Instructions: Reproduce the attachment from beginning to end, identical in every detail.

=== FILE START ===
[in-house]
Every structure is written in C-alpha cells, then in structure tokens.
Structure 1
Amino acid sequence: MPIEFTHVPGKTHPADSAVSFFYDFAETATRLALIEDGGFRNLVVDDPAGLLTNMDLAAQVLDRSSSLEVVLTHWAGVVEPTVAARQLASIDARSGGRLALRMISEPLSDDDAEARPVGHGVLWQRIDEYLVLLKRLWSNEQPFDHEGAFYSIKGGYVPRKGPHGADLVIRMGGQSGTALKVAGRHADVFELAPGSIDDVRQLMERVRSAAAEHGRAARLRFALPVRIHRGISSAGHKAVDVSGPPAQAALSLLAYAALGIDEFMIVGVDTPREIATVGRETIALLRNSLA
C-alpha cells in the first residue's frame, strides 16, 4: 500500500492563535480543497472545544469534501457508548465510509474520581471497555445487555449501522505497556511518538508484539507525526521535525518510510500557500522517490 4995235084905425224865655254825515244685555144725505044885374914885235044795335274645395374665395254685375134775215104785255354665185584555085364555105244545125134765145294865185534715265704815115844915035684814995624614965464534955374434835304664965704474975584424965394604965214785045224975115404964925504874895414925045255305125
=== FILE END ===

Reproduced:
[in-house]
Every structure is written in C-alpha cells, then in structure tokens.
Structure 1
Amino acid sequence: MPIEFTHVPGKTHPADSAVSFFYDFAETATRLALIEDGGFRNLVVDDPAGLLTNMDLAAQVLDRSSSLEVVLTHWAGVVEPTVAARQLASIDARSGGRLALRMISEPLSDDDAEARPVGHGVLWQRIDEYLVLLKRLWSNEQPFDHEGAFYSIKGGYVPRKGPHGADLVIRMGGQSGTALKVAGRHADVFELAPGSIDDVRQLMERVRSAAAEHGRAARLRFALPVRIHRGISSAGHKAVDVSGPPAQAALSLLAYAALGIDEFMIVGVDTPREIATVGRETIALLRNSLA
C-alpha cells in the first residue's frame, strides 16, 4: 500500500492563535480543497472545544469534501457508548465510509474520581471497555445487555449501522505497556511518538508484539507525526521535525518510510500557500522517490 4995235084905425224865655254825515244685555144725505044885374914885235044795335274645395374665395254685375134775215104785255354665185584555085364555105244545125134765145294865185534715265704815115844915035684814995624614965464534955374434835304664965704474975584424965394604965214785045224975115404964925504874895414925045255305125